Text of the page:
In 2010, the Council of Canadians joined with the Sandy Pond Alliance for the Protection of Canadian Waters to launch a Federal Court challenge against the federal Schedule 2 provision that allows mining companies to dump their tailings waste into freshwater lakes. The challenge was intended to save both Sandy Pond in Newfoundland and other lakes threatened by Schedule 2 across the country, including Fish Lake in British Columbia. There are now 14 water bodies classified as Tailings Impoundment Areas across the country, and at least another 12 water bodies that have been proposed for reclassification.
The Brazilian mining corporation Vale and the Mining Association of Canada made efforts to delay the Federal Court hearing so much so that the case was only heard this past week by Justice Elizabeth Heneghan.
This morning, The Telegram reports that Vale removed about 1400 fish, mostly trout, from Sandy Pond in July-September 2011 and June 2012. “Then the company claimed their former home as a containment area for tailings from its new hydromet nickel processing plant. …Vale has added three dams at the Sandy Pond site – increasing the capacity of the containment area. …Liners have been installed. …The site formerly known as Sandy Pond will start being filled with hydromet tailings when the processing facility begins production, scheduled for later this year.”
Beyond the loss of water with destruction of Sandy Pond, the newspaper also notes that the Vale processing plant will take about 4.4 million cubic metres of water a year from Rattling Brook Big Pond.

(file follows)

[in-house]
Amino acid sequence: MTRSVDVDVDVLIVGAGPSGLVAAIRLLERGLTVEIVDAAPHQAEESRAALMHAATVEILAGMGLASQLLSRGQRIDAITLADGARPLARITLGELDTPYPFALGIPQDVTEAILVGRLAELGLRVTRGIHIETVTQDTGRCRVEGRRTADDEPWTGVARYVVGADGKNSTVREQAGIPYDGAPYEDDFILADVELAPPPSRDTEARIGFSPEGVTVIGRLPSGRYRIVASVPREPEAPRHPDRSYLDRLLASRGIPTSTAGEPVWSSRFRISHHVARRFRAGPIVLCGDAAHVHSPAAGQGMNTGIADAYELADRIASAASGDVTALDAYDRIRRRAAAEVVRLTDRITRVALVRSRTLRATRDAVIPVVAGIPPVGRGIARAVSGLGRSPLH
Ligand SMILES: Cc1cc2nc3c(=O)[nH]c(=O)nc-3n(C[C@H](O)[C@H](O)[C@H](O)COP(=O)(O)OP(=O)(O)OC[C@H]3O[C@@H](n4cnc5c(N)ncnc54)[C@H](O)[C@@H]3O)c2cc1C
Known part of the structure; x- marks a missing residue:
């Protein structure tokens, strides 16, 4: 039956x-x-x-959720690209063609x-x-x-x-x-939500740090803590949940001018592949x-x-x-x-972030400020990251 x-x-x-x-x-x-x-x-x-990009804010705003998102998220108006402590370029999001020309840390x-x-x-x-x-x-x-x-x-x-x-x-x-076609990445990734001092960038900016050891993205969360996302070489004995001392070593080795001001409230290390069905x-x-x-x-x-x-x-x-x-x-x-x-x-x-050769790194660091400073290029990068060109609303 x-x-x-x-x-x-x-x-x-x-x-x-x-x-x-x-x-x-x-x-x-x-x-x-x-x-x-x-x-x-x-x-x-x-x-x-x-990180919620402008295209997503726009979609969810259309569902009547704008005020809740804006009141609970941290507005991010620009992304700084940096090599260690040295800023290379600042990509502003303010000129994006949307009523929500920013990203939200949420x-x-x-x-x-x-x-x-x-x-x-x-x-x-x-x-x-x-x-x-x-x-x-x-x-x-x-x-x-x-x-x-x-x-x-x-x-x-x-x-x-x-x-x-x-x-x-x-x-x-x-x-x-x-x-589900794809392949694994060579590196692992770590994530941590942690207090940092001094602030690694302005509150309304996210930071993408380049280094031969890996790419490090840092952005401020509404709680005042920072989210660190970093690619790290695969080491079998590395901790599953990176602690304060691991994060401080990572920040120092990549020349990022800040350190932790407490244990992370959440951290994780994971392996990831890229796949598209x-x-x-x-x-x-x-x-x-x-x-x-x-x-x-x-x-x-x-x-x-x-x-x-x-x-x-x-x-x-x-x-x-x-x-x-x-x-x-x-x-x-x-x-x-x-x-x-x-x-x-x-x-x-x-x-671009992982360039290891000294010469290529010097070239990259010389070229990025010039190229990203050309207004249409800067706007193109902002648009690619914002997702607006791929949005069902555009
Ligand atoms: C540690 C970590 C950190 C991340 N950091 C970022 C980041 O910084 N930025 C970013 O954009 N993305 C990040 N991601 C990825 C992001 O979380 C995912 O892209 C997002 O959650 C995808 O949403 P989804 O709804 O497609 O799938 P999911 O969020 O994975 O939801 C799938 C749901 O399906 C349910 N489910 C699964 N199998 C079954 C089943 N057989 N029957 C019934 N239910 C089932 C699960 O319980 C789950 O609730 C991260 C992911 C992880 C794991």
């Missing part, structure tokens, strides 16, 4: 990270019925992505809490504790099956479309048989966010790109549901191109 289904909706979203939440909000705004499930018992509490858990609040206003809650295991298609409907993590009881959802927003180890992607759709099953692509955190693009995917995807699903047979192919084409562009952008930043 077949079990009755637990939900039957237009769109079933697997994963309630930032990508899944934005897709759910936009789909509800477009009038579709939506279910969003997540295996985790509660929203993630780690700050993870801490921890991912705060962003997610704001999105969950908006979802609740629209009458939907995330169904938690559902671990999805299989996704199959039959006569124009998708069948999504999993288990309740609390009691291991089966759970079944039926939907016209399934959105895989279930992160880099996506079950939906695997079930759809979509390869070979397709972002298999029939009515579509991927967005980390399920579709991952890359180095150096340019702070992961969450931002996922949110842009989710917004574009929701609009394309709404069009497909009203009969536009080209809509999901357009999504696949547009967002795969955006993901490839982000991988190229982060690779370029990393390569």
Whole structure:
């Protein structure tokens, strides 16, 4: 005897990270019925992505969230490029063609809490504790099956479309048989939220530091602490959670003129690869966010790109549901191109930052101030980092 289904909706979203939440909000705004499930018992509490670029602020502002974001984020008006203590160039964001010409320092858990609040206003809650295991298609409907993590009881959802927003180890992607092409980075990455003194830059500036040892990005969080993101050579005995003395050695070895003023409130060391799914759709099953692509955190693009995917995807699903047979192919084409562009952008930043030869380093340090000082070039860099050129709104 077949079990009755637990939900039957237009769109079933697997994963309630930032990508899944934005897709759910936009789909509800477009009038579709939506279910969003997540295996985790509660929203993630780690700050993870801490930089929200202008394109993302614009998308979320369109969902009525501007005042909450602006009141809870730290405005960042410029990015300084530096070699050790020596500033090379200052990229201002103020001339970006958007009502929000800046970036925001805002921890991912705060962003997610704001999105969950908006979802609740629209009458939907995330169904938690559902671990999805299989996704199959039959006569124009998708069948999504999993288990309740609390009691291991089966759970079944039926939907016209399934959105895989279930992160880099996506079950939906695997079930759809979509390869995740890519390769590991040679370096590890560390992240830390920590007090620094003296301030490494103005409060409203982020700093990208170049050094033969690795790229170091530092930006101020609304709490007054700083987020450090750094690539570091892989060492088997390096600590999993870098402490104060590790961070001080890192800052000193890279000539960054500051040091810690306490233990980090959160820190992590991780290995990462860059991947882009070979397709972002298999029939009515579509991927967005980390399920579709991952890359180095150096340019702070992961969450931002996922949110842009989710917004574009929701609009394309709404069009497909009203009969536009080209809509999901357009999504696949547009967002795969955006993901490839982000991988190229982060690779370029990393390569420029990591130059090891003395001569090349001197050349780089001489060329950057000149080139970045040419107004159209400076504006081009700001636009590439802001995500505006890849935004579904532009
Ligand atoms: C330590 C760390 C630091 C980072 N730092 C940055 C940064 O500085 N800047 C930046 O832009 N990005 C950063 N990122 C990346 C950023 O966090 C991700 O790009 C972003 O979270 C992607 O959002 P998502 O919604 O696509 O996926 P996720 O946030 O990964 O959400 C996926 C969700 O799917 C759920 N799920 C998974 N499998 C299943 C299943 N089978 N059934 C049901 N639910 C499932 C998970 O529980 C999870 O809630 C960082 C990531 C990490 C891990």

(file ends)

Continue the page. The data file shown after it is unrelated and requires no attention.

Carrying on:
While it now appears that the ruling from Justice Heneghan will not save Sandy Pond (though it might be possible to remediate the lake if toxic tailings were not dumped onto what is now left of it), we remain hopeful that her ruling will find the federal Schedule 2 approval of this destruction ultra vires or illegal in relation to the Fisheries Act, and that it could serve as an important precedent to protect the other freshwater lakes facing this same fate across the country.
We find it unacceptable, as reported earlier this week by The Telegram, that the federal government, Vale and Mining Association of Canada lawyers argue that “the Sandy Pond Alliance members incorrectly believe environmental protection, habitat protection, is the overarching purpose of the Fisheries Act.”
Photo: Sandy Pond then and now. The current photo of ‘the site formerly known as Sandy Pond’ appears in today’s The Telegram with the note ‘submitted photo courtesy of Vale’.